Gebre-Mariam: I spent 20 years at a Fortune 500 company that had 40,000-plus employees. The idea of working for a smaller company like Alchemer that was in growth-mode was very important to me. Why? It was the ability to move faster, to be an agent of change. To put my transition in perspective, at my previous job, I led an organization of 1,100 people reporting up to me. Now, I have two people reporting to me.
Kathy Fritch, senior growth account executive: Lean and fast keeps things exciting. Change is frequent here, and that makes the work interesting. My background is working at large, older companies where it’s common to do the same thing that everybody’s been doing for years. It’s not like that at all at Alchemer.
Lean and fast keeps things exciting. Change is frequent here, and that makes the work interesting.’’
Tyler, how have you seen the company change in your seven years? What has kept you at Alchemer?
Voth: Alchemer has really grown up. When I first started, we were content with being a good software company that offered a good alternative option to some of our competitors. But in the past couple of years, we’ve expanded that thinking. We have one of the best softwares on the market that can be used by a wide range of individuals. Now, we’re not only focused on growing the company, but we’re also focused on enterprise customers.
In seven years, it feels like I’ve worked at two different companies, since I’ve seen that change in our growth. But what hasn’t changed is the culture. That’s why I’ve stayed so long. Team-building activities like virtual escape rooms or the hybrid office flexibility are great. Everyone at Alchemer is here to work hard, but also play hard.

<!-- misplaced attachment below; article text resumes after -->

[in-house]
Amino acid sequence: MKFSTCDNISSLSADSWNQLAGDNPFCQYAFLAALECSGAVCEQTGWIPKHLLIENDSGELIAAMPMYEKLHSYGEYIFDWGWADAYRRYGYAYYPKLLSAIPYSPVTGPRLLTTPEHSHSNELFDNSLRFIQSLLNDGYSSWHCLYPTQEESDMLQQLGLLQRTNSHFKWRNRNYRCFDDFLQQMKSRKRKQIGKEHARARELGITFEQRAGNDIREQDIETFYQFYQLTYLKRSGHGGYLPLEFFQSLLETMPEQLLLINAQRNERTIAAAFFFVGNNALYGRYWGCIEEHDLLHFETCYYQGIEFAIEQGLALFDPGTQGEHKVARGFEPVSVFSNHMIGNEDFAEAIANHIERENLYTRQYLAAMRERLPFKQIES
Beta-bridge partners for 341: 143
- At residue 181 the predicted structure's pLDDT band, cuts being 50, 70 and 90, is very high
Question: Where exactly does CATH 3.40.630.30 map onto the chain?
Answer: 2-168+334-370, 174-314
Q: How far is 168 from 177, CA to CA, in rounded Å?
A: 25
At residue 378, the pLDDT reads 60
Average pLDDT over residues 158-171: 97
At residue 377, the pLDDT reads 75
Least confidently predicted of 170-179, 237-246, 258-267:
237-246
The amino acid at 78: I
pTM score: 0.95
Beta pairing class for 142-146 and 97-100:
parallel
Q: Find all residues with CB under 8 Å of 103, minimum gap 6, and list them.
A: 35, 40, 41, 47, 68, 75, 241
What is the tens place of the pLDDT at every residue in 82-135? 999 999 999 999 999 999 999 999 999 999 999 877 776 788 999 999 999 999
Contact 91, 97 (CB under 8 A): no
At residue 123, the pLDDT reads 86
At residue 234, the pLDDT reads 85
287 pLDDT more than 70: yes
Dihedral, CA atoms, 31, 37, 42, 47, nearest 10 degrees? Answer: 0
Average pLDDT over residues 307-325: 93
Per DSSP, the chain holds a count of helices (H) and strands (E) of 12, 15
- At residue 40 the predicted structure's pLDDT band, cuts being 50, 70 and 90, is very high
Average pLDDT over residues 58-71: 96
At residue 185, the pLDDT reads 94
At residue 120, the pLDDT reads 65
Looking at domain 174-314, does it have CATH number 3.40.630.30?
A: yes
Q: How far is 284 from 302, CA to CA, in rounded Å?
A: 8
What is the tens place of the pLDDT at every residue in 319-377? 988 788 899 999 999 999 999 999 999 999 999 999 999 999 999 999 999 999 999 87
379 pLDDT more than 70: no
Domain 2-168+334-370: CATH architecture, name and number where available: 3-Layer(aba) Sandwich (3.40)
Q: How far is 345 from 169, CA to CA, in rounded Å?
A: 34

When you’re talking to your friends and family about the culture, what are the details you’re sharing?
Gebre-Mariam: People here really care about why certain decisions are being made. At Alchemer, the CEO talks to every employee every week in a fireside chat. Topics range from high-level funding and finances to lower level topics, like culture-building practices. It gives everyone a strong understanding of what we’re collectively trying to do quarterly, yearly and even our five-year plan.
Voth: Working hard is also rewarded. Here are two prime examples: The company owns Denver Broncos season tickets, and individuals get rewarded to go to football games. The CEO also has row-seven center court tickets to Denver Nuggets’ basketball games. All of this is representative of a culture where you get to have fun while you’re working, and when you put in the work, you’re recognized for it.
All of this is representative of a culture where you get to have fun while you’re working.’’
What is the coolest project you’re working on right now?
Gebre-Mariam: I wouldn’t say operations is “cool,” but identifying operational inefficiencies and continuously improving the operational integrity of our production environment via process, technology, and automation is fulfilling. I also enjoy the collaboration with other technology teams and our number one stakeholder, the customer support team, as we continue to improve the overall customer experience.